In 2000, the sediment load in Little Buffalo Creek was 2,565,051 pounds (1,163,488 kg), while in 2008, it was 2,430,940 pounds (1,102,660 kg). This equates to a unit area load of around 200 pounds per acre (220 kg/ha). However, in the future, the sediment load could be reduced by 66.94 percent to 803,723 pounds (364,563 kg) per year. The largest contributors of sediment to the creek in 2000 were streambank erosion (1,259,807 pounds (571,439 kg)) and row crops (962,287 pounds (436,486 kg)). Hay and pastures contributed 127,748 pounds (57,946 kg) and low-density urban land contributed 36,520 pounds (16,570 kg). 178,689 pounds (81,052 kg) came from other sources.
In 2000, the nitrogen load of Little Buffalo Creek was 121,901 pounds (55,293 kg) and in 2008, it was 120,819 pounds (54,803 kg). This equates to a unit area load of just under 10 pounds per acre (11 kg/ha). However, in the future, the annual load could be reduced by 39.11 percent to 2,597 pounds (1,178 kg).
The phosphorus load of Little Buffalo Creek was 4,377 pounds (1,985 kg) in 2000, while in 2008, it was 4,265 pounds (1,935 kg). This equates to a unit area load of less than 0.4 pounds per acre (0.45 kg/ha). However, in the future, the phosphorus load could be reduced by 66.94 percent to 803,723 pounds (364,563 kg) per year.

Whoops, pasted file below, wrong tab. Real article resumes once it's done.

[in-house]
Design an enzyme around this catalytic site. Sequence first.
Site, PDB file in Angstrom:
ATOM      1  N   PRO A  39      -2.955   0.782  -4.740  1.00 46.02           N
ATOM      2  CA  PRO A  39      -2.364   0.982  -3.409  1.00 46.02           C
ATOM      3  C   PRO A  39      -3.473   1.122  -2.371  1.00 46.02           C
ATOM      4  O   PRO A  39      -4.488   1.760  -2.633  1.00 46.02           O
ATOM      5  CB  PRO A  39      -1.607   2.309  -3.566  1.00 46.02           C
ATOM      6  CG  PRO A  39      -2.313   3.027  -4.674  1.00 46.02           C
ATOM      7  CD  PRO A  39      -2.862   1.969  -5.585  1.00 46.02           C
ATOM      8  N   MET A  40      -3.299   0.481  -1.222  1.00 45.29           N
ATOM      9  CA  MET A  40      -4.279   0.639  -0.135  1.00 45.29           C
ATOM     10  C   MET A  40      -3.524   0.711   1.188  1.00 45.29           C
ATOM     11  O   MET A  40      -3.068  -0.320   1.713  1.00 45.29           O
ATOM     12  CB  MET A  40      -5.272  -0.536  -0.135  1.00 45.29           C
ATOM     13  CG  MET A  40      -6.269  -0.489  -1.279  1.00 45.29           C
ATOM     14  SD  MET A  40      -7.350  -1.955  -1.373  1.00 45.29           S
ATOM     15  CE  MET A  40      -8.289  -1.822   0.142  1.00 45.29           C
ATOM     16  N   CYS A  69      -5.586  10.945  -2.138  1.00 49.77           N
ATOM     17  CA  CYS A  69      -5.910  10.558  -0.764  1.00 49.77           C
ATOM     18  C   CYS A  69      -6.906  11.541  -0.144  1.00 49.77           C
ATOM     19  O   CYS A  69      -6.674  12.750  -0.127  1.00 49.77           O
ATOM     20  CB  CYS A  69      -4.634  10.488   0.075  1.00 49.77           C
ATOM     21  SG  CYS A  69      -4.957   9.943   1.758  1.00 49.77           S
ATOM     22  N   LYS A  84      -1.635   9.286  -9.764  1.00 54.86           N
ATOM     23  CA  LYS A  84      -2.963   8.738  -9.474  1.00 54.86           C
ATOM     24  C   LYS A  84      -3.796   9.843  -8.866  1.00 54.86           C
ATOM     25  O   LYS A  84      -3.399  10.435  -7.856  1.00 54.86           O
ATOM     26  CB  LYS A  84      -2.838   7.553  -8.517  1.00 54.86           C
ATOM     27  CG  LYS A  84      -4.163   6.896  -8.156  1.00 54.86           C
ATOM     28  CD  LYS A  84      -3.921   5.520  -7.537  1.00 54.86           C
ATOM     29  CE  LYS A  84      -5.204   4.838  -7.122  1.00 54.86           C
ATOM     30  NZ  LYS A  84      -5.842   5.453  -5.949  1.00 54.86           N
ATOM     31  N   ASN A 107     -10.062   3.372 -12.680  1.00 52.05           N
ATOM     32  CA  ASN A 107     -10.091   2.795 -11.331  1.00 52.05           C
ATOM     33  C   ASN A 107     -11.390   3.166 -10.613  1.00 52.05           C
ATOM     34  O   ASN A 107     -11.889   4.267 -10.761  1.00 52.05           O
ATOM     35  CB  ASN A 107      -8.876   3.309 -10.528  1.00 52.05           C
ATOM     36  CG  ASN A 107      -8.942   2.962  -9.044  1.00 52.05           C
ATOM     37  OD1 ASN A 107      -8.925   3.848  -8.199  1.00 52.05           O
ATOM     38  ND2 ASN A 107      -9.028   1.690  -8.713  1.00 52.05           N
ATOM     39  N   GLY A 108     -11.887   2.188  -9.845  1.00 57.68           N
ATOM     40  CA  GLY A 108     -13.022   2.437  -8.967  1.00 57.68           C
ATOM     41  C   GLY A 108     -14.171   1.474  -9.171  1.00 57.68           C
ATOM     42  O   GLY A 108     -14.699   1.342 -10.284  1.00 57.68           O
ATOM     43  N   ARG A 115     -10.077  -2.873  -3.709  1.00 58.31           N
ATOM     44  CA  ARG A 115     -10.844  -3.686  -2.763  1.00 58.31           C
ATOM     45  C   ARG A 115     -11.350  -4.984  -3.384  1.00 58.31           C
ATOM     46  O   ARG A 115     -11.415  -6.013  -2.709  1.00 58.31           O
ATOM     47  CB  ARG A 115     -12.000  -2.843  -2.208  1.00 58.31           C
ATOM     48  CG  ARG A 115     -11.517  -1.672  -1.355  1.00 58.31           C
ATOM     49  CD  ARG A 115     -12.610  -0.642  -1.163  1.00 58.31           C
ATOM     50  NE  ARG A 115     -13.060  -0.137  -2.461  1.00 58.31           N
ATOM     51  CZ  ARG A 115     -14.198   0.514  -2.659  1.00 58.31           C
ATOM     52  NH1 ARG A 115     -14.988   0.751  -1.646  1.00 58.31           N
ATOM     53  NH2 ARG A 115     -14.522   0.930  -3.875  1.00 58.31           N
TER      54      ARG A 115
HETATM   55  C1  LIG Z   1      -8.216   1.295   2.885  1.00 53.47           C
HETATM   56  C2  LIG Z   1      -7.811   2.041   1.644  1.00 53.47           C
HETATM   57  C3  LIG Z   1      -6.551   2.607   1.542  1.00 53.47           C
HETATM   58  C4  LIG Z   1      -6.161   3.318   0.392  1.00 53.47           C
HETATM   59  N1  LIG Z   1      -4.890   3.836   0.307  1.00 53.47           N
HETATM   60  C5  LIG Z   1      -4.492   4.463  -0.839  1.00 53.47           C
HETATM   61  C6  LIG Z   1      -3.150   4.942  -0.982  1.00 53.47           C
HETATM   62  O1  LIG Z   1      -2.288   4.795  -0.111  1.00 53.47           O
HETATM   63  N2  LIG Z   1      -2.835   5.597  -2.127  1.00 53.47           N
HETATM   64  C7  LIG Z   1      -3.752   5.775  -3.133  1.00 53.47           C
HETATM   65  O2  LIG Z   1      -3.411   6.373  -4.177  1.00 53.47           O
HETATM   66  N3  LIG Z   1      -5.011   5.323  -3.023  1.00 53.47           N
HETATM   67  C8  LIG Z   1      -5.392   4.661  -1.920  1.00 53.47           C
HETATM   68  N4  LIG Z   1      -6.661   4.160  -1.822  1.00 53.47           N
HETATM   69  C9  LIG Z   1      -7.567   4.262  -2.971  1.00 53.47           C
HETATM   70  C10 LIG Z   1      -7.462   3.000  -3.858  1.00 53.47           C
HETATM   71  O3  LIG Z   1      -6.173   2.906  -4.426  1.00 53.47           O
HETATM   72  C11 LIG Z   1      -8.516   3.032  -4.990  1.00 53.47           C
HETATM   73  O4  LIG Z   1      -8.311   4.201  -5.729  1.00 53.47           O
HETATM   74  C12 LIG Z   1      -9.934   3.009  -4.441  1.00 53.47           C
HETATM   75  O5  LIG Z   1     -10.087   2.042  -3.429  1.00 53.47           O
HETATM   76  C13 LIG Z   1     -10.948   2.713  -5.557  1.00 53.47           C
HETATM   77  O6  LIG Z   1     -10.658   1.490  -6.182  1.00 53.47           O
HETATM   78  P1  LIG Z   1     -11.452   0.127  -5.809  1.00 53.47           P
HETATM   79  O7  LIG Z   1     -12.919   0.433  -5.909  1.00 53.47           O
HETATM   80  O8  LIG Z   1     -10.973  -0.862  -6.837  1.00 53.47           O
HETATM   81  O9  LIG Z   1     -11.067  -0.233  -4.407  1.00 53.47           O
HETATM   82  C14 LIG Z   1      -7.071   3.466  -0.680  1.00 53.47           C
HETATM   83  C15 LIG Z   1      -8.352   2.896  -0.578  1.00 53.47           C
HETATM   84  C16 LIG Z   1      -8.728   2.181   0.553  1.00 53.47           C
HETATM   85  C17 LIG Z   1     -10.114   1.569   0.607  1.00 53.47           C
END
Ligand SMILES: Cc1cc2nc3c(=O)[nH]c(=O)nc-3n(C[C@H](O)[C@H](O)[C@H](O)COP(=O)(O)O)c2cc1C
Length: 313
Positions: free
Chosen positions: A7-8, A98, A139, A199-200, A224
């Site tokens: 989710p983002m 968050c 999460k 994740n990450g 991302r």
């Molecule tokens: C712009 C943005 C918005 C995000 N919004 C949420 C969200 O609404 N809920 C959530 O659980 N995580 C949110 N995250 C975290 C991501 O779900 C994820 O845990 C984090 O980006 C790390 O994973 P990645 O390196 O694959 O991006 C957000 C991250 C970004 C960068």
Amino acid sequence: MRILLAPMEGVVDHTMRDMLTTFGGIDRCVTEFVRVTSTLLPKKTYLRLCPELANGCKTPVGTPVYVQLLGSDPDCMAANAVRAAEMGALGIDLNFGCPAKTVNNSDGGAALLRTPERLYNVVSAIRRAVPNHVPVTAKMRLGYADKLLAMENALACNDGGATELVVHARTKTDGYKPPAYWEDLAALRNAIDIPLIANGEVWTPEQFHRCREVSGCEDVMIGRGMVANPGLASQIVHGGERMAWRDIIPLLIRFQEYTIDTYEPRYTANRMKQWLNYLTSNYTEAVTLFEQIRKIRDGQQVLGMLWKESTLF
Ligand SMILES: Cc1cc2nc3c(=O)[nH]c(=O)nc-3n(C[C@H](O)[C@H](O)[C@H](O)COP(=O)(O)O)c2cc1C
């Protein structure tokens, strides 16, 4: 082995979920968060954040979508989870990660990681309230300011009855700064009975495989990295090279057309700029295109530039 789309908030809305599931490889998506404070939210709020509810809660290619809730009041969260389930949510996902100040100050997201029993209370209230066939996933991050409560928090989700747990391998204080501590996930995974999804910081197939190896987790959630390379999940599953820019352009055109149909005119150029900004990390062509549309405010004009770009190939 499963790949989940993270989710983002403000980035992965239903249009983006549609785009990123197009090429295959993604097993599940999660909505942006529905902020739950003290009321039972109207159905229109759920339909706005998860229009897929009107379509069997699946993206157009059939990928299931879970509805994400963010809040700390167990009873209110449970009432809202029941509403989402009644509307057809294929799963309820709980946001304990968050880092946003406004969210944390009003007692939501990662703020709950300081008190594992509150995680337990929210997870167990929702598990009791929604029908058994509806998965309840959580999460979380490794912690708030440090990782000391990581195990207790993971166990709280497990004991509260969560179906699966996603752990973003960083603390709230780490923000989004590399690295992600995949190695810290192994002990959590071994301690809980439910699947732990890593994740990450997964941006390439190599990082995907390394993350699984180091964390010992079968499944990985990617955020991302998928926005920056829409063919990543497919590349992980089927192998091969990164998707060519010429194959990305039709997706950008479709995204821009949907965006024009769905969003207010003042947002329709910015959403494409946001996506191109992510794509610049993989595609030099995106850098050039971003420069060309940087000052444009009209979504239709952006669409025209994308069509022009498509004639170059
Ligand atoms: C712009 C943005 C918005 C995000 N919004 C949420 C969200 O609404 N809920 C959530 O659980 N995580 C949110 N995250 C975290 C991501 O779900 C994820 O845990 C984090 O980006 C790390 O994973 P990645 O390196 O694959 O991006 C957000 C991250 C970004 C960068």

Geography and geology
There are 0.6 miles (0.97 km) of fencing and 0.0 miles (0 km) of stabilization along streams in the watershed of Little Buffalo Creek. There are also significant flood-prone areas along the creek, which, during a flood, could make access to emergency services in western Kelly Township difficult. There are some floodplain areas along the creek and its tributaries.
Little Buffalo Creek cuts through the Buffalo Mountain Anticlinal. Additionally, the Milton Anticlinal is located near the creek.
Outcroppings of the Ore sandstone are visible at the Buffalo Mountain Anticlinal on Little Buffalo Creek. Shales of the Bloomsburg Formation also occur in the watershed of the creek. Additionally, limestone of the Lower Helderberg Formation occurs near the creek.
The watershed of Little Buffalo Creek has an area of 19.0 square miles (49 km2). The mouth of the creek is in the United States Geological Survey quadrangle of Lewisburg. However, the source is in the quadrangle of Williamsport SE. The creek also flows through the quadrangle of Allenwood. It is one of the major tributaries of Buffalo Creek. The watershed makes up 14 percent of the Buffalo Creek drainage basin and is in the northeastern corner of that watershed.